Yesterday, crude prices rose over 10% even in the face of bearish inventory data from the EIA. The major news moving markets yesterday was the likelihood of oil producers from around the globe contributing to supply cuts. Discussions to cut supplies include all the usual suspects of OPEC+ but also include players such as Brazil, Canada, Norway, and the US. Crude prices continue rising this morning on optimism that OPEC+ can come to some agreement as they meet this morning.
The legalities of the US contributing to supply cuts have come into question as price fixing is not legal in the US, but most of the cuts could come in the form of declines already produced by free markets. So far weekly EIA data shows production remaining near record-highs, but the EIA expects it to drop at least 0.5 MMbpd in 2020. According to Reuters, Exxon wrote a letter to the Texas RRC stating that it did not want to see cuts in Texas and preferred a free market solution.
In regional news, EIA data yesterday showed that PADD 2 and PADD 4 refiners had more days of supply than ever before. Supply was so high that for the first time in OPIS history some refiners have dropped finished E10 gasoline at the rack to less than 10 cents per gallon. Sub-dime gallons were found in North Dakota and dotting the Great Lakes, Great Plains, and Rocky Mountain markets.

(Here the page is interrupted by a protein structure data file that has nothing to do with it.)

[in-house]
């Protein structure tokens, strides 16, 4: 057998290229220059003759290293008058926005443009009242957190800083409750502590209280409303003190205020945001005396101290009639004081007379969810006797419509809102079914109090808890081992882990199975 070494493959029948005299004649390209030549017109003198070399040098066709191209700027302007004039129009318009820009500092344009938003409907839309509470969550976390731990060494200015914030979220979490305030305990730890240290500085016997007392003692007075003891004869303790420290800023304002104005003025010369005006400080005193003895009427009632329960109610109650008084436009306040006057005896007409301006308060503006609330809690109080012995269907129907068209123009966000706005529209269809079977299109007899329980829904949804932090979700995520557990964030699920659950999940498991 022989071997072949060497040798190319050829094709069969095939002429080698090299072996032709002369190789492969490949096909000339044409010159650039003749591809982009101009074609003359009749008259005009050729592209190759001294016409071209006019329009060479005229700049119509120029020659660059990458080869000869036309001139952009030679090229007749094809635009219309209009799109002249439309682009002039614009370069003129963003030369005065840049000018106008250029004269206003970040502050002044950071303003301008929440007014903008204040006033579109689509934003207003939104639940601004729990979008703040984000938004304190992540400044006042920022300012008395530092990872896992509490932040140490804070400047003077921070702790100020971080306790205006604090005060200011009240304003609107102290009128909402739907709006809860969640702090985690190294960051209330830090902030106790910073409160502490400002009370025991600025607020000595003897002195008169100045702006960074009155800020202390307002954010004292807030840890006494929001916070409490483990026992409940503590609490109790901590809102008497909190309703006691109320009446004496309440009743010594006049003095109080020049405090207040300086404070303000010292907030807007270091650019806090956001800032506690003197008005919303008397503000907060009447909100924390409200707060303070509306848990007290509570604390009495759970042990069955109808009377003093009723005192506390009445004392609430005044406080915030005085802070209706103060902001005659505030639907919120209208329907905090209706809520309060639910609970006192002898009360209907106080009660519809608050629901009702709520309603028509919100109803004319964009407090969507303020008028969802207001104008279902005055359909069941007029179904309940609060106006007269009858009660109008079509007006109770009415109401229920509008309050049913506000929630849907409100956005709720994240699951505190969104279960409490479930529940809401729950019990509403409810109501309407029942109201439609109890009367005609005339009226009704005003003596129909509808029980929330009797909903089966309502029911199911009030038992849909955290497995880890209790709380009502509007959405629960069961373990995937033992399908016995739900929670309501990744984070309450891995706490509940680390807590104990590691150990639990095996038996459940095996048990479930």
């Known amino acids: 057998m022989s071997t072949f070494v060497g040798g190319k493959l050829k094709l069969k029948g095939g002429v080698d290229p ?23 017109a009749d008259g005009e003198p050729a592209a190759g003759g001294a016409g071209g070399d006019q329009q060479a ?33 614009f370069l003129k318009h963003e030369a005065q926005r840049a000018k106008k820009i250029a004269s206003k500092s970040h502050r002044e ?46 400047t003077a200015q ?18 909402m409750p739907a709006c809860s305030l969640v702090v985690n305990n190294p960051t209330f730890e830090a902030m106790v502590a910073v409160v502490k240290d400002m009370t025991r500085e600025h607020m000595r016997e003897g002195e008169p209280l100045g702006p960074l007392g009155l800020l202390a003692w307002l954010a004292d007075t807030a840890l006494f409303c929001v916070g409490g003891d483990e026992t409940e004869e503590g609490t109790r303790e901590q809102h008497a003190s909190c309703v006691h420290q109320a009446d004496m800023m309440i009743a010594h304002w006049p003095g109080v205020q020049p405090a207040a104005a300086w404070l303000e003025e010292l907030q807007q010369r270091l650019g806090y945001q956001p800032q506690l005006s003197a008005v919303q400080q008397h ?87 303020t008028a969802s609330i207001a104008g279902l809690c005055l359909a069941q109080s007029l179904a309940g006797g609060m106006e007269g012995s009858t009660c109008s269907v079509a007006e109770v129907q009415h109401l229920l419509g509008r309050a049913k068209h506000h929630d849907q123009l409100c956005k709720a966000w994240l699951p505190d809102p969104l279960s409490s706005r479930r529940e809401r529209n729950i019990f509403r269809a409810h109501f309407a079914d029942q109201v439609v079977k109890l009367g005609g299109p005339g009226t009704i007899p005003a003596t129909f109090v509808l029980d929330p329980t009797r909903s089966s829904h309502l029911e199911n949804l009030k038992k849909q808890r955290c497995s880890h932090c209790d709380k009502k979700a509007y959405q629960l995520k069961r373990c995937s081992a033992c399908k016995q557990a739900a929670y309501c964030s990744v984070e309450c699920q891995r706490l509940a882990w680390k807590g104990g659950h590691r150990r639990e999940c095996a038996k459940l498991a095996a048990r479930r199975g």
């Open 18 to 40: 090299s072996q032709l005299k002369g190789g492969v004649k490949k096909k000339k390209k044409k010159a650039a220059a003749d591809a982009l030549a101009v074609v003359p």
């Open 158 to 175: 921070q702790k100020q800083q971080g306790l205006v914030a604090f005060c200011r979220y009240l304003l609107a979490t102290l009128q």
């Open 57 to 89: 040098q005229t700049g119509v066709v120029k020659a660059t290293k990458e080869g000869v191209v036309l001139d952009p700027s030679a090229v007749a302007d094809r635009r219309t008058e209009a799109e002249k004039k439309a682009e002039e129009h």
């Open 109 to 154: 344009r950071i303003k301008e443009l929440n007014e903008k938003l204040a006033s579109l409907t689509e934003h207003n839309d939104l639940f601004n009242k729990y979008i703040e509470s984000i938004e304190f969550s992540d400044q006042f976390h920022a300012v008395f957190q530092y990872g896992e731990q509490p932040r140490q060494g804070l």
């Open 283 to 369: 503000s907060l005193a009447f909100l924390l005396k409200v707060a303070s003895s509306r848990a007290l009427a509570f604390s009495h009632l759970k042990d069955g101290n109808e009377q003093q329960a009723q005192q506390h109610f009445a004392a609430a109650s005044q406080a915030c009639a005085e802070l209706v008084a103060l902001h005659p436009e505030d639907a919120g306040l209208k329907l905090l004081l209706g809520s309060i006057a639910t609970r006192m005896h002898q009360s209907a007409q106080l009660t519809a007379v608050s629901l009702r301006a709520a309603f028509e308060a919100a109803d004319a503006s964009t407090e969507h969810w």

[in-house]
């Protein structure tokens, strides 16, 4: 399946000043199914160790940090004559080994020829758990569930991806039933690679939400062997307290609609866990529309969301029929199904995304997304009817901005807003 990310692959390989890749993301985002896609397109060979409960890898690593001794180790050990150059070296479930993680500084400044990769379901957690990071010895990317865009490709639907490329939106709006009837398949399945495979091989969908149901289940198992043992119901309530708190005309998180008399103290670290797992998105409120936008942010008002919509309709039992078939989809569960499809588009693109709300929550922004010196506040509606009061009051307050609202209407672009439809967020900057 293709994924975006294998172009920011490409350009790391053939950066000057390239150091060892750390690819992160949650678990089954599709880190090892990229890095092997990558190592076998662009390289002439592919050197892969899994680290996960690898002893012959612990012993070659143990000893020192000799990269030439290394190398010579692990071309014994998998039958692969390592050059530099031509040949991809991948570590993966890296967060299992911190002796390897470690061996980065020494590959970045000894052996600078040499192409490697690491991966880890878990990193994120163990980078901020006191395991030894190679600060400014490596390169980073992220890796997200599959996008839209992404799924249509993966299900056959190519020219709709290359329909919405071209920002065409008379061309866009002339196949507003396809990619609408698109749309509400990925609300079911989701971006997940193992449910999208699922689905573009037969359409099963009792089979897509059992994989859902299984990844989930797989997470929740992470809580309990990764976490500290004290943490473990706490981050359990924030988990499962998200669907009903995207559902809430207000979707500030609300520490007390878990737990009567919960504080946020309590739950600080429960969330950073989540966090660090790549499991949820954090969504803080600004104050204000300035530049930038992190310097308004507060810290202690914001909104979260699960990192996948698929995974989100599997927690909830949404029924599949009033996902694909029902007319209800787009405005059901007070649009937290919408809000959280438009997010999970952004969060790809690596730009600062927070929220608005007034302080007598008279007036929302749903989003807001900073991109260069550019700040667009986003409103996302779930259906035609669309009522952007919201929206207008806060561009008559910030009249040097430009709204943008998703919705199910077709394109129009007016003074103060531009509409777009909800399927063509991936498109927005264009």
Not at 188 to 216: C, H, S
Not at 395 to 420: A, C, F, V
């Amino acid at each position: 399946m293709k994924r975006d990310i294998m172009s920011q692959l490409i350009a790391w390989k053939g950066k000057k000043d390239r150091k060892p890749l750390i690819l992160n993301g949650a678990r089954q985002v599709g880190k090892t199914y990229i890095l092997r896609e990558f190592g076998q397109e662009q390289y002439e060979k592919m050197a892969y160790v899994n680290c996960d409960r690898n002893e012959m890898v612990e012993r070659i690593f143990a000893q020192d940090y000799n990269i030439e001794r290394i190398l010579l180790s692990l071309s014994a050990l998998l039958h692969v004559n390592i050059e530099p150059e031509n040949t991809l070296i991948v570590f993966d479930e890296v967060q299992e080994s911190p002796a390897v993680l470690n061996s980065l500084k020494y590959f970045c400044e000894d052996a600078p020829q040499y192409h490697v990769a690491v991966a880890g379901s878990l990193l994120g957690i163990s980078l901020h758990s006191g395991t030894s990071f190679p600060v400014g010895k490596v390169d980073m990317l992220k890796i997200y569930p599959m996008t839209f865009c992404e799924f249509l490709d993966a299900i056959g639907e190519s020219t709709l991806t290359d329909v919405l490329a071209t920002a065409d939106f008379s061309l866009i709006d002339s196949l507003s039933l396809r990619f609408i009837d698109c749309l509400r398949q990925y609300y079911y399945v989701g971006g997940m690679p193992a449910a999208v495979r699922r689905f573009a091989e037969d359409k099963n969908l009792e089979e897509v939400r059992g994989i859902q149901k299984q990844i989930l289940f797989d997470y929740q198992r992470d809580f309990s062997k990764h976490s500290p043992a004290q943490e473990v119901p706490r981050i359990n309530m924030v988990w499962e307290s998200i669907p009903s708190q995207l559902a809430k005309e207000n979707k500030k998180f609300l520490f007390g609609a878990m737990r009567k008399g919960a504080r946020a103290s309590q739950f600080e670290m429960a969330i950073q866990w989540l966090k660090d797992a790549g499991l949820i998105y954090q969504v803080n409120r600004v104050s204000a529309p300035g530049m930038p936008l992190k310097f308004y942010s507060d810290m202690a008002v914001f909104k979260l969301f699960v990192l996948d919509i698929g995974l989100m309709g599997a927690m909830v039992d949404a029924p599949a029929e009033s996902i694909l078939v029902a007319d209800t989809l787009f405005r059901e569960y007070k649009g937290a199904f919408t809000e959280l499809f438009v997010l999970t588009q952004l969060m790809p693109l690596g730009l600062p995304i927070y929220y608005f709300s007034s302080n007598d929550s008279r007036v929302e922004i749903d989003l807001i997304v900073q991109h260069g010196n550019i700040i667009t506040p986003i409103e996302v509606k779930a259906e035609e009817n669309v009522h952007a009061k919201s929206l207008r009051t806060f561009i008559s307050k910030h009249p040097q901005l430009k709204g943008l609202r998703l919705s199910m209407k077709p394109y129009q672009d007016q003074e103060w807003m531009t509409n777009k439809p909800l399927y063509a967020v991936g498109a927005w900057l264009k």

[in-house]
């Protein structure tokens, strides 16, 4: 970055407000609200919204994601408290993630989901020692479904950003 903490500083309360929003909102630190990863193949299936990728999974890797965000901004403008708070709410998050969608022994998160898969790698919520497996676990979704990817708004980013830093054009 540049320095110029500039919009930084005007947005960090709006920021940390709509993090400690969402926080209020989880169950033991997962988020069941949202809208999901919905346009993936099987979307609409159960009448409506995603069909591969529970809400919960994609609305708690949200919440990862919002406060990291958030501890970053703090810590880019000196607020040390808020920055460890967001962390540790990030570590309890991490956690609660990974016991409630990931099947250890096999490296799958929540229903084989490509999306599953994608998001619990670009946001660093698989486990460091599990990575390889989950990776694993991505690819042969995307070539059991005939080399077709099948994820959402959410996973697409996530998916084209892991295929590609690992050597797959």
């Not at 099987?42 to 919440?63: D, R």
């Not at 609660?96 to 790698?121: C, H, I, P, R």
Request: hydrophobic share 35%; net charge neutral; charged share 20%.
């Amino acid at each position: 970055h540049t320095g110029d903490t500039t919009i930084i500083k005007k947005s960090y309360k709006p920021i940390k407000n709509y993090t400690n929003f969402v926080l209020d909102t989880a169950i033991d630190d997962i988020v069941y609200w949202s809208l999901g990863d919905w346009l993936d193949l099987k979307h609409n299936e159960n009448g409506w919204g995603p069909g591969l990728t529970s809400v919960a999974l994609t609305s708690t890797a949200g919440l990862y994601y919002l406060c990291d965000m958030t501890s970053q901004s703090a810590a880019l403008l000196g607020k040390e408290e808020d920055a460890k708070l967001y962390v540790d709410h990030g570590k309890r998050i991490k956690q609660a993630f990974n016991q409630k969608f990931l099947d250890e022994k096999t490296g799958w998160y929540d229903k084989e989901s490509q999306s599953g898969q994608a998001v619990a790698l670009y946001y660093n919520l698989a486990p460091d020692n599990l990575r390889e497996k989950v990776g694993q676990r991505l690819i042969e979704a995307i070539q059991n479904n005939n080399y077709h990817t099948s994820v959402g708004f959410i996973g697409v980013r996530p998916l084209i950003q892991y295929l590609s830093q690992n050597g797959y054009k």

Yesterday, weekly data on US inventories showed crude’s biggest weekly increase since 2016. The EIA reported a larger-than-expected build for crude of 15.2 MMbbls, versus an expected build of 9.3 MMbbls. At Cushing, the EIA reported a 6.4 MMbbls build. Despite overwhelming builds in other products, diesel remains largely unaffected by demand destruction, posting a meager 0.5-MMbbl build.
WTI Crude is trading higher this morning at $26.35, a gain of $1.26.
Fuel is up in early trading this morning. Diesel is trading at $1.0230, a gain of 1.2 cents. Gasoline is trading at $0.7014, a gain of 2.3 cents.